Friday, 22 November 2013

R.I.P. JFK NOVEMBER 22 2013.

It was just an ordinary day for our multi-grade class in a little Canadian village.

Mrs. B. managed our 3-4-5 mix of middle-grade students with a mix of stern discipline, "woe betide you" admonitions and a bit of Irish humour in our Catholic elementary school.

As we completed our typical tasks of the school day, we were more than surprised by an unexpected knock on the classroom door by Principal Sister L. on November 22, 1963.

She explained that she had some serious news to tell us -- "The President has been shot." Into my 10-year old mind whirled pictures of a hunting accident. We were told to say some prayers for President Kennedy. We stood, took out our rosaries, and began the long intercession of prayers for his survival.

It wasn't long till we heard another knock on the classroom door. The Principal, with a bit of a quiver in her elderly voice, told us that President Kennedy had died. He had been killed by a gunshot from someone nearby.

Thoughts of an accidental shooting were erased by the introduction of a long-lettered new word into my vocabulary and that of my peers. Assassination was the multi-syllabled term that left its lasting impression on our young minds. It had as many "s" letters as Mississippi but would never become part of a child's rhyme like the name of that state. The assassination of President Kennedy was a tragedy that impacted everyone.

The next few days, all eyes were turned towards our American neighbour as that nation struggled to come to terms with what had happened to their leader.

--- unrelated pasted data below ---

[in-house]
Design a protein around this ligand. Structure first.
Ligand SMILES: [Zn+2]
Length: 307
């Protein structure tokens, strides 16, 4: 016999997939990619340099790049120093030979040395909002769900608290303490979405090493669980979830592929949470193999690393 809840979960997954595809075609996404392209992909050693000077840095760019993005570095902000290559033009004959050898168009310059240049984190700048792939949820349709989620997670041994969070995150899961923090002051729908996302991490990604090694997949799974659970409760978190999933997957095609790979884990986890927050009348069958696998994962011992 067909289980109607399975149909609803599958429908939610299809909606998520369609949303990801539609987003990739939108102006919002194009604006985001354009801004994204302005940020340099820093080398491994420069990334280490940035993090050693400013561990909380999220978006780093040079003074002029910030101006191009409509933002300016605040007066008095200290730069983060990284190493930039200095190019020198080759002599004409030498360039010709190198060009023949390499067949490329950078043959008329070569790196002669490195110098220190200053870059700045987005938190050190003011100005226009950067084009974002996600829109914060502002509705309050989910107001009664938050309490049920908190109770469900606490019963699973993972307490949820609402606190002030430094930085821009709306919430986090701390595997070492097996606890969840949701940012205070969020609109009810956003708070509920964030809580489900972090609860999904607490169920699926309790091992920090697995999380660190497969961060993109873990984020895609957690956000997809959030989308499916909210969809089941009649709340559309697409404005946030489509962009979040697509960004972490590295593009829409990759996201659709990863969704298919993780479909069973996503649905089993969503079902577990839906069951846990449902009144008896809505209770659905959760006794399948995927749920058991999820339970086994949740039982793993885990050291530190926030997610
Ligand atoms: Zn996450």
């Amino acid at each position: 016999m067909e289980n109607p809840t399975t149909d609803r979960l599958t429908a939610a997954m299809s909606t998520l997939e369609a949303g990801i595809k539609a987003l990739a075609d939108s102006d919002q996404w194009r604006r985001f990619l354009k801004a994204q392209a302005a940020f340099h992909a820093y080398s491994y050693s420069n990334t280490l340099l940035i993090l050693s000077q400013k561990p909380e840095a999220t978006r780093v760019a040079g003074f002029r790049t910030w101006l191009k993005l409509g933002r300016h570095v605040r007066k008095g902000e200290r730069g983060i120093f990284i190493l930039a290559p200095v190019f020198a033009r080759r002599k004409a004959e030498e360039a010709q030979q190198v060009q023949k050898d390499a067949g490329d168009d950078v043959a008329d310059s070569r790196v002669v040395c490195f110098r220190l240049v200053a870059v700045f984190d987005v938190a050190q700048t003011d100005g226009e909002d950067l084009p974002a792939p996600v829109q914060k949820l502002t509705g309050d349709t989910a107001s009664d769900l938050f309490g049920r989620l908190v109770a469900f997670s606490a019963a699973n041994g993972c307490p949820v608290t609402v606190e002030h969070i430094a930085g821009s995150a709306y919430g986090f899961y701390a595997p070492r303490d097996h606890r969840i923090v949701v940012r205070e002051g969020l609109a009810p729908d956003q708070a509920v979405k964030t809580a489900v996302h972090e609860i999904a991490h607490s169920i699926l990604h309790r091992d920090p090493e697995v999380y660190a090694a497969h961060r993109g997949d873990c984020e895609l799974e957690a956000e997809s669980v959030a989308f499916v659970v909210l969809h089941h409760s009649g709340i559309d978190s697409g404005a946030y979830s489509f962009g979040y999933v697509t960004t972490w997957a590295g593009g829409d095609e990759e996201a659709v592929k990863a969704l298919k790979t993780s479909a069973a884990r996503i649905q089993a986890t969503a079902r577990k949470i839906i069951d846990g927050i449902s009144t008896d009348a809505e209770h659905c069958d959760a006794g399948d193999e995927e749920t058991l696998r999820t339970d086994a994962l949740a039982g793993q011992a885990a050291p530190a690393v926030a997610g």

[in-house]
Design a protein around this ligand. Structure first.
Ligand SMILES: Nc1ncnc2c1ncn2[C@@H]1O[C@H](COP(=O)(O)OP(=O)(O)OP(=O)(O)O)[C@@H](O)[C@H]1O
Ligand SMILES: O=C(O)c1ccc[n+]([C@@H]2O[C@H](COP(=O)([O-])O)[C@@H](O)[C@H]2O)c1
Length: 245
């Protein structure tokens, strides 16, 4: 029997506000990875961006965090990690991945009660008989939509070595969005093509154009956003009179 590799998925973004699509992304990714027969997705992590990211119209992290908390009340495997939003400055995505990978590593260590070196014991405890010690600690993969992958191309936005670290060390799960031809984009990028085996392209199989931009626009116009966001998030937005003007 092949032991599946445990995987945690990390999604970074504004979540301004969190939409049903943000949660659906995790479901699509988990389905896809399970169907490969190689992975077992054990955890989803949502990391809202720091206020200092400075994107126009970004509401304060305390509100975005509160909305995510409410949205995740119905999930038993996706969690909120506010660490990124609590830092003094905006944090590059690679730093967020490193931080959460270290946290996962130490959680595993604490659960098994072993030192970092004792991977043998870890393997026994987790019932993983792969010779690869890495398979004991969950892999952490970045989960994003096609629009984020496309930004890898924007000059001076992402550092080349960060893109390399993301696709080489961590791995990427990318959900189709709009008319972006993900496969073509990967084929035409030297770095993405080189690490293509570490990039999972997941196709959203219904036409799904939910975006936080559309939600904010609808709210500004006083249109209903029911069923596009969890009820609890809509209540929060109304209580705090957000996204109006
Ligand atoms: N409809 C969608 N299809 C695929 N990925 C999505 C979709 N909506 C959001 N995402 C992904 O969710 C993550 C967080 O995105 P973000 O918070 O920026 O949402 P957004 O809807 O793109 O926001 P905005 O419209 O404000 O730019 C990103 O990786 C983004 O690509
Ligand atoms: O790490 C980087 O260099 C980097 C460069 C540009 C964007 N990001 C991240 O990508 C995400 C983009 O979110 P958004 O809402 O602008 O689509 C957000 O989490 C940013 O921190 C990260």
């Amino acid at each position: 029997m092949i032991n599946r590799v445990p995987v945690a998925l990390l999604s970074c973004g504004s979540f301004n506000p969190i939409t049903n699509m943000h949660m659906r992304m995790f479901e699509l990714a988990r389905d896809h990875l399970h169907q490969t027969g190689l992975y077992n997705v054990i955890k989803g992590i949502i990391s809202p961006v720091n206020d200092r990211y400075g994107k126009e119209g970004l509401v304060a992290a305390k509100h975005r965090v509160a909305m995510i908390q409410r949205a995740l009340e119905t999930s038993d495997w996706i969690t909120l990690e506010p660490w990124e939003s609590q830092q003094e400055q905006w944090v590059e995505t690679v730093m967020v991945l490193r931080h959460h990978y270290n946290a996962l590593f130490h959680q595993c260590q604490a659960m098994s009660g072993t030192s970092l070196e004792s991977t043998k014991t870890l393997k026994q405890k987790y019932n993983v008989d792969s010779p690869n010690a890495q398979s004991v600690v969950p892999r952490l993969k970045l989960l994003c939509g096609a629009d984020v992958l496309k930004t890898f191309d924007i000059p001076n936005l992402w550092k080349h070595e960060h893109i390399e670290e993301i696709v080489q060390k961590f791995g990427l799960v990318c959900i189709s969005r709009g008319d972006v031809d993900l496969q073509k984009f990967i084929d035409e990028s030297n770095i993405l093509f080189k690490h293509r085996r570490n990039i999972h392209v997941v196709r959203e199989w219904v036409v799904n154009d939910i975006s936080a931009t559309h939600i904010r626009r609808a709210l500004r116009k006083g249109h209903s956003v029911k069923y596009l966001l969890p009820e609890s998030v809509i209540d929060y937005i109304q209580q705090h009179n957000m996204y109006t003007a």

In a pre-Internet/Twitter/Facebook era, citizens of the world looked to the print media and the television. We saw bold newspaper headlines and heard the grief and mourning of a  nation while our families and communities also mourned the loss of a man who had come to be a symbol of hope and promise, especially since the scary days of the Cuban Missile Crisis.

It is five decades, now, since the tragedy. Still, the world is left with many questions about the event.
Most of all, we are left wondering, much like the 10-year old me who, sadly, learned a new vocabulary word on November 22, 2013.

Still, I wonder why?

In the spirit of today's vernacular,



Hannah said...

Such a great and personal account of that event, Patricia. Really love the tone and the portion of the intro to the word assassination. This really brings the point of view of the youth quite effectively.

I just found out today that C. S. Lewis also died on this day...never knew that before.

Happy weekend to you and thank you for visiting me...I appreciate your thoughts. :)

Patricia A. McGoldrick said...

So glad you stopped by, Hannah! I realize that I am repeating my own words here but it is great to read your comments on this special post. I did try to keep the 10-year old me in mind.

Also, it was news to me about C.S. Lewis (thanks to Iain!); later that day, I also found that Aldous Huxley who wrote Brave New World died Nov.22, 1963, as well. Irony in life, for sure!

In case our blog paths do not cross before next Thursday, have a wonderful Thanksgiving! :)